Guest blog by Catherine Alspaugh, 2009 Teacher of the Year.
Cultural proficiency seems to be a focus in education these days, but some of the ideas behind it – respect for others, empathy, and a sincere desire to understand people who come from different circumstances and backgrounds than we do – have been around for a long time. Some of those ideas were around when I started teaching in this county in 1987; they were part of “multiculturalism.” Later, every head nodded at the phrase “cultural diversity.”
The thinking behind the names is similar, but the work behind cultural proficiency is not. Cultural proficiency requires self-reflection about one’s actions, not just knowledge about specific cultures. The difference between cultural proficiency and “multiculturalism” is the self-reflection on one’s values, beliefs, and practices that enable each of us to effectively interact in culturally diverse settings – it starts from the inside. I had a good lesson in cultural proficiency last winter.
My husband and I were returning from a vacation last March, and we were in the airport at midnight. Although we were exhausted from the travelling, we were patiently waiting at the luggage carousel along with many other tired folks. When I spotted a young mother holding a sleeping baby girl, I told my husband to go over and invite her to sit with me on the only bench available.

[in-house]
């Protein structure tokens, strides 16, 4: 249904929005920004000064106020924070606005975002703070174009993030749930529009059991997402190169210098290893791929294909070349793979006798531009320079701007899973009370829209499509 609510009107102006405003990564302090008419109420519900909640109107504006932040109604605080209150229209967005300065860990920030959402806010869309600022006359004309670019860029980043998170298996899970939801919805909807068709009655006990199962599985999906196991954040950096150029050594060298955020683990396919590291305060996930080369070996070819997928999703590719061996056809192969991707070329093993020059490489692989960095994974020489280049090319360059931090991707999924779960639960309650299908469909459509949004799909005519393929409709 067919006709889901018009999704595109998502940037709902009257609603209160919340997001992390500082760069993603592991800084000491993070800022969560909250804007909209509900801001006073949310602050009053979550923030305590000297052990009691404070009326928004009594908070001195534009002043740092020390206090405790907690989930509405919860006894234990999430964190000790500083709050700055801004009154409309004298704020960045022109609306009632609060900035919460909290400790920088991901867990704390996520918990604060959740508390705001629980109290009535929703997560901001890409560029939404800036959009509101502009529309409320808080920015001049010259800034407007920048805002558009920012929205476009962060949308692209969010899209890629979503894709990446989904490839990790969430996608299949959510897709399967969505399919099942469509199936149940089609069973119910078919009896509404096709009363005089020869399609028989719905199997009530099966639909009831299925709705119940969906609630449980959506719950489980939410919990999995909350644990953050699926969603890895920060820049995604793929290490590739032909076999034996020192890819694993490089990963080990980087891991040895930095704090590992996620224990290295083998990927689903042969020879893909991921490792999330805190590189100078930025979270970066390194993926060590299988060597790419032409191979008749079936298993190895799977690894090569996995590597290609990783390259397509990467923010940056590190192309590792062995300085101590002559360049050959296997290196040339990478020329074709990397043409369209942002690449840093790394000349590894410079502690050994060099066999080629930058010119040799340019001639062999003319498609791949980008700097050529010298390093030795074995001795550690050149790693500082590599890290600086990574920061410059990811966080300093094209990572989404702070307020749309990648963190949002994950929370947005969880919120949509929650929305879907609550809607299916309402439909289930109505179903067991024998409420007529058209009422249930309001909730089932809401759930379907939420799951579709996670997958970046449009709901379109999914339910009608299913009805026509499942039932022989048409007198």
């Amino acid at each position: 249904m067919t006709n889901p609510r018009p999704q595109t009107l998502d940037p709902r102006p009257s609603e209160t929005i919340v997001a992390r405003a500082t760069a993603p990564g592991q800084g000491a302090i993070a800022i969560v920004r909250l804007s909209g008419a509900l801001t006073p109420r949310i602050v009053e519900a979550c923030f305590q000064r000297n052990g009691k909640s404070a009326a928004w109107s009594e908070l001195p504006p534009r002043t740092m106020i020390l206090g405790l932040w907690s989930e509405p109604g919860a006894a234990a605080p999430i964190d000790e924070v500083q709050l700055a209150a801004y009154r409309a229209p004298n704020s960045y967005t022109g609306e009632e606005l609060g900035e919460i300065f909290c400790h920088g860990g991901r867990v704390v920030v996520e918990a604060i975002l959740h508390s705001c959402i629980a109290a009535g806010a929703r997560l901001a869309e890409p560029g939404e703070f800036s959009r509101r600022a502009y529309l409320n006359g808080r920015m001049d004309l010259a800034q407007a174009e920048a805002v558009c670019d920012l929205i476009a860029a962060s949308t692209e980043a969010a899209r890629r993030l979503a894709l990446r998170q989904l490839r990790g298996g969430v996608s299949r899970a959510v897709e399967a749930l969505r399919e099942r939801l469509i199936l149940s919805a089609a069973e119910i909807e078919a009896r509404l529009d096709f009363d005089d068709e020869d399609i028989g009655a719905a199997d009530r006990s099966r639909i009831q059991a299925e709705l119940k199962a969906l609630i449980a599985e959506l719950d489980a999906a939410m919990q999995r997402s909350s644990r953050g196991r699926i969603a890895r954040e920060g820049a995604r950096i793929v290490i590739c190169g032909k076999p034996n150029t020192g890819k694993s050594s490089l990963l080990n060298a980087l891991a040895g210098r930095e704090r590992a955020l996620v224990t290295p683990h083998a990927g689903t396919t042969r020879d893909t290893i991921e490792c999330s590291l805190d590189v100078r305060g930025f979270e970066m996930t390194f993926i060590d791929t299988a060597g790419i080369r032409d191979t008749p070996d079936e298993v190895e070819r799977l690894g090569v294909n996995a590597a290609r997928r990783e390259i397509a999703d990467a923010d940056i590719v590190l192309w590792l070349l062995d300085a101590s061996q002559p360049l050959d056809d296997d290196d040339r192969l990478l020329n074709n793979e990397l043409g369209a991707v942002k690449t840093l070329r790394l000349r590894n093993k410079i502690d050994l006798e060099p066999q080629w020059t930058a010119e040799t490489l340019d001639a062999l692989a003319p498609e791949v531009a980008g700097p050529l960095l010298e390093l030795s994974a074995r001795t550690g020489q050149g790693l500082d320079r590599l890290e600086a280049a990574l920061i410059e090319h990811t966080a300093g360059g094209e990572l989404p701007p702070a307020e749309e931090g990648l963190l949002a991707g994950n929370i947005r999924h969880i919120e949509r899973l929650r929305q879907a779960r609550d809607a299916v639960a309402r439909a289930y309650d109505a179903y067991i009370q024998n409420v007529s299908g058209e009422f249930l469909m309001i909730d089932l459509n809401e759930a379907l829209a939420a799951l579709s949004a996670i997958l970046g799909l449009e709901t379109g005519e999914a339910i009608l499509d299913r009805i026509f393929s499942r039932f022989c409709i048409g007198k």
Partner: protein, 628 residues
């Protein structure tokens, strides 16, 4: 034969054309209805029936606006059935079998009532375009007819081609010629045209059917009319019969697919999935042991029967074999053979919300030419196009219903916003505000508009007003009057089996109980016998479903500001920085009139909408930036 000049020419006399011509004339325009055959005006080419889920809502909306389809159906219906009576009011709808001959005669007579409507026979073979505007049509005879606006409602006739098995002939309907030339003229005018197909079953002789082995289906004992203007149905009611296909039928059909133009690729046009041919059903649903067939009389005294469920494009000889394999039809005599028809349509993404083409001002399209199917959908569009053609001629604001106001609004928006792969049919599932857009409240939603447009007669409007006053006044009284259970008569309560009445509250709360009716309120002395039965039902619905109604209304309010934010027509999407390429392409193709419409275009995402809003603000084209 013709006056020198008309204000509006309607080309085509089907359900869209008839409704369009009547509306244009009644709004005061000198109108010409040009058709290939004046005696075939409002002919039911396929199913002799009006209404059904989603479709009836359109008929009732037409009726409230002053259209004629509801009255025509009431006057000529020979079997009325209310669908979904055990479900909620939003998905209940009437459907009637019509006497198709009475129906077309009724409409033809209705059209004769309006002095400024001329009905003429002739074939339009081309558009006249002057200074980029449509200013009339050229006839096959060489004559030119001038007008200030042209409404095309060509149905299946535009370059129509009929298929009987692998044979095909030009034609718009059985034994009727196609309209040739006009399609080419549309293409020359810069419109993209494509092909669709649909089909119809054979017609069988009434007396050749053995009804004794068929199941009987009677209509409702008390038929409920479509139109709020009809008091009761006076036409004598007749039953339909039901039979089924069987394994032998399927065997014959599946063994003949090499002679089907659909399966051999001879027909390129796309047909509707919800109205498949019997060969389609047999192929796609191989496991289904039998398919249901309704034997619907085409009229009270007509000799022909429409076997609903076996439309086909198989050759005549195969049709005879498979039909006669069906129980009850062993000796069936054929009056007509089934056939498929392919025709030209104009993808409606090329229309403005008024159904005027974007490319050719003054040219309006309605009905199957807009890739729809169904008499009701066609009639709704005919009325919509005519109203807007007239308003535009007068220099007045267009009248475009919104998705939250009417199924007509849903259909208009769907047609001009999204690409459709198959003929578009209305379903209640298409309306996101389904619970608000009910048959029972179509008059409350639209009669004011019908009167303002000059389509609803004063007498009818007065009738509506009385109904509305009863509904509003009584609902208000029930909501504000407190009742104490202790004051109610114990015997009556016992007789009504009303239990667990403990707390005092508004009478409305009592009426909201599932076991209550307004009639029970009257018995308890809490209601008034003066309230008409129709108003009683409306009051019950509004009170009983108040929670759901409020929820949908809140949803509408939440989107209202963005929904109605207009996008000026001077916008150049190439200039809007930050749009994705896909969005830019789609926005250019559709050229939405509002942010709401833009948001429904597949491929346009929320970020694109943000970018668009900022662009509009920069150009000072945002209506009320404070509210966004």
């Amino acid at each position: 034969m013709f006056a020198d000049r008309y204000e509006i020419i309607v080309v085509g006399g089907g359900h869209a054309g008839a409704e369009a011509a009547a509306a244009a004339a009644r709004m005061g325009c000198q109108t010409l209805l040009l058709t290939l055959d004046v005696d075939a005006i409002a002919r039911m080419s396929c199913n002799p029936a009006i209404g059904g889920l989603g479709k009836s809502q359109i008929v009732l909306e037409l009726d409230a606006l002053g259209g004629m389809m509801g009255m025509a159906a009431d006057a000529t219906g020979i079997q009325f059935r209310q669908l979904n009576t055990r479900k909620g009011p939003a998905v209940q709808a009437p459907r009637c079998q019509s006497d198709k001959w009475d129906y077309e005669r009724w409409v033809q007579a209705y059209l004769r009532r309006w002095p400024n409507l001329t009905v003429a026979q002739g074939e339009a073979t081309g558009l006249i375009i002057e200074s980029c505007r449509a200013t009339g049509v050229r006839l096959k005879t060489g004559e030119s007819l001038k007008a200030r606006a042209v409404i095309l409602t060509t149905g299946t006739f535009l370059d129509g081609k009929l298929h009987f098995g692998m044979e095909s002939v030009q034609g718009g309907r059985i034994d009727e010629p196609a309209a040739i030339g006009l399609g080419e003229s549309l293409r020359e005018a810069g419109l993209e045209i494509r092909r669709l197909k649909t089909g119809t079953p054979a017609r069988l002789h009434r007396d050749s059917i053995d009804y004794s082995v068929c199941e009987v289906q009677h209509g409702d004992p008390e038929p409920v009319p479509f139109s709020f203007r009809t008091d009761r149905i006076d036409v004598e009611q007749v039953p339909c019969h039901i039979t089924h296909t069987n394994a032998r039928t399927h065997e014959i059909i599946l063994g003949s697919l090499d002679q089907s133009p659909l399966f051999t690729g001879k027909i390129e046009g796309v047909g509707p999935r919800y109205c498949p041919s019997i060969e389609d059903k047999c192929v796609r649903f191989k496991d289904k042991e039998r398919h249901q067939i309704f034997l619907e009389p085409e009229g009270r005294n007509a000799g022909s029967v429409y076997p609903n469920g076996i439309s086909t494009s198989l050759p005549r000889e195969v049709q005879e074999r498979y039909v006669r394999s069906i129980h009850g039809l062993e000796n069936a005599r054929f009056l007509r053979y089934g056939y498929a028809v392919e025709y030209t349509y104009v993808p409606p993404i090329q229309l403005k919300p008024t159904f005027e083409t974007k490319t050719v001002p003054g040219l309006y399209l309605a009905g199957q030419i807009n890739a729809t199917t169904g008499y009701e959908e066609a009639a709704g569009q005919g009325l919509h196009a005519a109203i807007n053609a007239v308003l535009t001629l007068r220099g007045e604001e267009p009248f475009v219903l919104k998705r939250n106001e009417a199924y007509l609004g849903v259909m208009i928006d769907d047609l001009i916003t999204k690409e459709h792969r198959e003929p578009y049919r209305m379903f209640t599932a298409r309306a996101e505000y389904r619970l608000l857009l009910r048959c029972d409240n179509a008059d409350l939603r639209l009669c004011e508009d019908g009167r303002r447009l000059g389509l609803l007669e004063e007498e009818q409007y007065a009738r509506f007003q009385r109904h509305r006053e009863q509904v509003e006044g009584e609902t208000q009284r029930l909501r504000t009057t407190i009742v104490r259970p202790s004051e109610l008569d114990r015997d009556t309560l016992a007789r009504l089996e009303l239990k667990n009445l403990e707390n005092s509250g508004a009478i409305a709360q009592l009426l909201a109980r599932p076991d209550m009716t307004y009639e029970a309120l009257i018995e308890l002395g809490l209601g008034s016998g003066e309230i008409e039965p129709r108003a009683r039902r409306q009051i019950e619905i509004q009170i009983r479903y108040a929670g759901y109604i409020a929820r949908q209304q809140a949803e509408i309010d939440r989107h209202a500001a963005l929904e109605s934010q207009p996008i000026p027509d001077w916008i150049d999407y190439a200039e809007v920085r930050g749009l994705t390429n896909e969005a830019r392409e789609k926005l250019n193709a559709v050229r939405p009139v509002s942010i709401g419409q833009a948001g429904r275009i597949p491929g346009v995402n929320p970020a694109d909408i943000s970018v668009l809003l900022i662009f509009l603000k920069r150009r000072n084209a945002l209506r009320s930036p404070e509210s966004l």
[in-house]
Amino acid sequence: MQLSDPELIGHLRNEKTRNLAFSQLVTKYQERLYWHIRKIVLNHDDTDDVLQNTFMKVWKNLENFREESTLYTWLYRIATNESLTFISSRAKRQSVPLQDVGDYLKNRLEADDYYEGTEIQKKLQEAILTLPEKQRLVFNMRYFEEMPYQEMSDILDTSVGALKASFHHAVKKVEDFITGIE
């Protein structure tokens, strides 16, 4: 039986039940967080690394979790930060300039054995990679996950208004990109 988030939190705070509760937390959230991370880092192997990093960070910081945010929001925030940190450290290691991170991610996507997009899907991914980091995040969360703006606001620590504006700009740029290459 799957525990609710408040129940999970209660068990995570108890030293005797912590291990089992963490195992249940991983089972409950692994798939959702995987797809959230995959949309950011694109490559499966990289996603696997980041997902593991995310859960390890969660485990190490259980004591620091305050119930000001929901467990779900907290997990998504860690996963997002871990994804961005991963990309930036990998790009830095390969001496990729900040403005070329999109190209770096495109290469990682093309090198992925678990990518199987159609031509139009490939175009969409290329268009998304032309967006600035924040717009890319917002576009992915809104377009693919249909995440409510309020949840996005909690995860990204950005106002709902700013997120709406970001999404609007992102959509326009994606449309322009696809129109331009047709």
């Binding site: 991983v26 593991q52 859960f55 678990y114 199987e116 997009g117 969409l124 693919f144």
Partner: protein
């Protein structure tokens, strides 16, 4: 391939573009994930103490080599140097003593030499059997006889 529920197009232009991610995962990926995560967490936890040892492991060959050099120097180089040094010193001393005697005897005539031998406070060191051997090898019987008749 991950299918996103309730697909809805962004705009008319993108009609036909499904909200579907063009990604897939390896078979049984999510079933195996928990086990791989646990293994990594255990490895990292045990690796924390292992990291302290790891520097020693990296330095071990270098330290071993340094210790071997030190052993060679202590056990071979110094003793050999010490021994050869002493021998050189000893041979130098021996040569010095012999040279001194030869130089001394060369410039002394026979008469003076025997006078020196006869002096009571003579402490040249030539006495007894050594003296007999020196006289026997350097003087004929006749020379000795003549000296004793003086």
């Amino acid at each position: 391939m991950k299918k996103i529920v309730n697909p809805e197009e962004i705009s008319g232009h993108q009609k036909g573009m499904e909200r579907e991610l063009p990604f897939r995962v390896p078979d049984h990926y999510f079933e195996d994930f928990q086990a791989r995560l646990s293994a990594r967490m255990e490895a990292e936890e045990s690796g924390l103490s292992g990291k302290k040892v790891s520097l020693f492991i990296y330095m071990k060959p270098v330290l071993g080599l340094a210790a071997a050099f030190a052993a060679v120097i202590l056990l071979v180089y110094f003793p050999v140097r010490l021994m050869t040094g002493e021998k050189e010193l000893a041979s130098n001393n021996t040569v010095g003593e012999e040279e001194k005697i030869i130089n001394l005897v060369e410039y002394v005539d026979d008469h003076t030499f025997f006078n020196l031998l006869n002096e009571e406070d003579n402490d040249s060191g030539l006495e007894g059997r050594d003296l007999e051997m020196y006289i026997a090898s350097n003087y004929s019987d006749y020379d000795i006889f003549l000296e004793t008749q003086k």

He was reluctant, saying that we don’t even know her, but I was adamant, remembering how those early days of parenting can be so taxing. She was standing with her husband and four-year-old son, and she looked surprised when my husband approached them.
This beautiful young mother with two adorable kids sank down on the bench beside me and laughed when I told her that I made my husband offer her a seat. We got chatting about motherhood, grand motherhood, and the challenges facing parents today. Her appearance prompted me to tell her that we have a Korean daughter-in-law and a Trinidadian son-in-law. As a mature white woman, I wanted to reach out and make a connection with this woman. So, naturally, I asked her where they were from.
She smiled and said Chattanooga. Yep, Tennessee. She was a pharmacist; her husband was a radiologist, and they were visiting college friends in Ellicott City. I laughed and said, “You are the face of America.”
So I caught myself making assumptions about what “American” looks like. I could have been embarrassed by my mistake and she could have been angry or indignant, but she was gracious enough to ignore my surprised expression. I did not intend to show disrespect, but my assumption that she was “other” was insulting, even though I was genuinely trying to be friendly.
It is time to start, in a meaningful way, promoting respect regardless of how someone is dressed, made up, shorn, or what they possess. One place this starts is our schools.